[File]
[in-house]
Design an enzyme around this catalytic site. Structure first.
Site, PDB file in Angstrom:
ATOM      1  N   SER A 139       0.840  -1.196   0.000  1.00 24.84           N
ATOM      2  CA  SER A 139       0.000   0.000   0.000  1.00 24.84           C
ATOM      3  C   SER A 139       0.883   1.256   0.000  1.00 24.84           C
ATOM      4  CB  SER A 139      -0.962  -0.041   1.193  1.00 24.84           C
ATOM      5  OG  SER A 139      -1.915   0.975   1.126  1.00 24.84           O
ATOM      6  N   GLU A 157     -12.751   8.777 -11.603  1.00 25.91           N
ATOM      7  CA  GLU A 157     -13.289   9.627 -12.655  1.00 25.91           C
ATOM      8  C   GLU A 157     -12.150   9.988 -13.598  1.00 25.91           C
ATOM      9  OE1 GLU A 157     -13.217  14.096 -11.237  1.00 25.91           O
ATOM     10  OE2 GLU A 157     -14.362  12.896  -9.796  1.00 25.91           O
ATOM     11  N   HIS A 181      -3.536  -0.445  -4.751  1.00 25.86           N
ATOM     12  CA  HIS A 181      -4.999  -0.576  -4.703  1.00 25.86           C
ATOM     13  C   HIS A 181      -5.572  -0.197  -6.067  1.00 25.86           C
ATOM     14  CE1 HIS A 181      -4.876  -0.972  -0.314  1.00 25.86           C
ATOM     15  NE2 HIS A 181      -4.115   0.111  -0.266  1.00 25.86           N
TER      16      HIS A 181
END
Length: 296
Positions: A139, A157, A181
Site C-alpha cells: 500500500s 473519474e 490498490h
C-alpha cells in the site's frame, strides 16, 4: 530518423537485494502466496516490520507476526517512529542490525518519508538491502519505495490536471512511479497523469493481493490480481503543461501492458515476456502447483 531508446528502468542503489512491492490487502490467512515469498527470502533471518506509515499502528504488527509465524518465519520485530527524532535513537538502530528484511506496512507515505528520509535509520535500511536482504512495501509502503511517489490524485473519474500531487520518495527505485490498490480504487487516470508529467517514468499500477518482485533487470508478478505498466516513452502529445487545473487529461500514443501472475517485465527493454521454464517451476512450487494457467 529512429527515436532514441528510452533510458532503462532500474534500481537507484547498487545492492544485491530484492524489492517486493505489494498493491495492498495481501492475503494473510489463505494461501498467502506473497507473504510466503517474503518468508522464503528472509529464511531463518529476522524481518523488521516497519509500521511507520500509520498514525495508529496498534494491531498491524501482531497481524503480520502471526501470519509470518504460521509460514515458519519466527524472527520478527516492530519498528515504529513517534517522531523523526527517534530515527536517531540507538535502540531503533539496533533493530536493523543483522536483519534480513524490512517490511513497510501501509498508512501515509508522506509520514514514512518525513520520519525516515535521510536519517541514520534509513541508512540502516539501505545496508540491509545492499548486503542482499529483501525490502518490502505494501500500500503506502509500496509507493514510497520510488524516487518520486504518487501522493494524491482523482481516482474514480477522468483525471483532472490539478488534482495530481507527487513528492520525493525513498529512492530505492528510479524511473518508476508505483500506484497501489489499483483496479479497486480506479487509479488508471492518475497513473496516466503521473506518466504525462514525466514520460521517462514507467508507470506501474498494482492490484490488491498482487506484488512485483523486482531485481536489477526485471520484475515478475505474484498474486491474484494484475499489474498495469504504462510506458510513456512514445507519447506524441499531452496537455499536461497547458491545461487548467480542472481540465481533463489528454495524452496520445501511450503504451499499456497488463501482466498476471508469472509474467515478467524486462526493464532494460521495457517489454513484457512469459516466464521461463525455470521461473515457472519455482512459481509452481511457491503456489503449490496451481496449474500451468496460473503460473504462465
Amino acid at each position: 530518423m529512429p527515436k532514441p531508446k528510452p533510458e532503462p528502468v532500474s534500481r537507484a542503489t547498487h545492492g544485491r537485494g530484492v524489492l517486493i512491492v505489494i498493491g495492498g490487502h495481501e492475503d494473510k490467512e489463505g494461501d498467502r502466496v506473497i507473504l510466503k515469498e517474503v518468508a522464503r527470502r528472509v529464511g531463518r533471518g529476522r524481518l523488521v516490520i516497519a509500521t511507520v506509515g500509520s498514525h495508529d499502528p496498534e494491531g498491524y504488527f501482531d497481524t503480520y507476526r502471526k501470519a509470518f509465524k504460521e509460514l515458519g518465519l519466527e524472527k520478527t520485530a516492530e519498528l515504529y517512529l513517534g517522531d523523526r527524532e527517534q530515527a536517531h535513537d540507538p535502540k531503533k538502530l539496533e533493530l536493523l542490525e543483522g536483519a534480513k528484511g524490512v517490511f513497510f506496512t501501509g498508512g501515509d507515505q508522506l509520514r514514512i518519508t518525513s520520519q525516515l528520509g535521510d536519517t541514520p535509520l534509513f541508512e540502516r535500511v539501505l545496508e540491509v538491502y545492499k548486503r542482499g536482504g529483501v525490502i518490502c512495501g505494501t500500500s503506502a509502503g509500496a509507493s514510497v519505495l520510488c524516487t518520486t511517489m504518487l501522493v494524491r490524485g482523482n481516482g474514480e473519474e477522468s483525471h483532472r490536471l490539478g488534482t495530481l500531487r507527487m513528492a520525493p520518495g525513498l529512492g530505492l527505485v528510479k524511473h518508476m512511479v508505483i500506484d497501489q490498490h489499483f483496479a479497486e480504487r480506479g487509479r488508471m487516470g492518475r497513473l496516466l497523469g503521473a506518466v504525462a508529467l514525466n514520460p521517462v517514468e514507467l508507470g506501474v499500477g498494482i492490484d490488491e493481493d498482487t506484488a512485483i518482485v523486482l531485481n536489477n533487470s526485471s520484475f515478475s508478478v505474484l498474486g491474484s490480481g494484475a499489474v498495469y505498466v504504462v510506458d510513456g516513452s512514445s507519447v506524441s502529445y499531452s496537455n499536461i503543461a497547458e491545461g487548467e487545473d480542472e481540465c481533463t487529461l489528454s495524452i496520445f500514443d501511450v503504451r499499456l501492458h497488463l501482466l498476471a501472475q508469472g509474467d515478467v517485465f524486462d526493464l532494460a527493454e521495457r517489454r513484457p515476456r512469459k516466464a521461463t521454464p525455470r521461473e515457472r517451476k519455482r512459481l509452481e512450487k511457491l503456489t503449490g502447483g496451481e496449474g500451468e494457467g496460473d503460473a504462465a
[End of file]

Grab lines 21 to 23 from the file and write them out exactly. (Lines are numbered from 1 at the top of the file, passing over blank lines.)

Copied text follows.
Length: 296
Positions: A139, A157, A181
Site C-alpha cells: 500500500s 473519474e 490498490h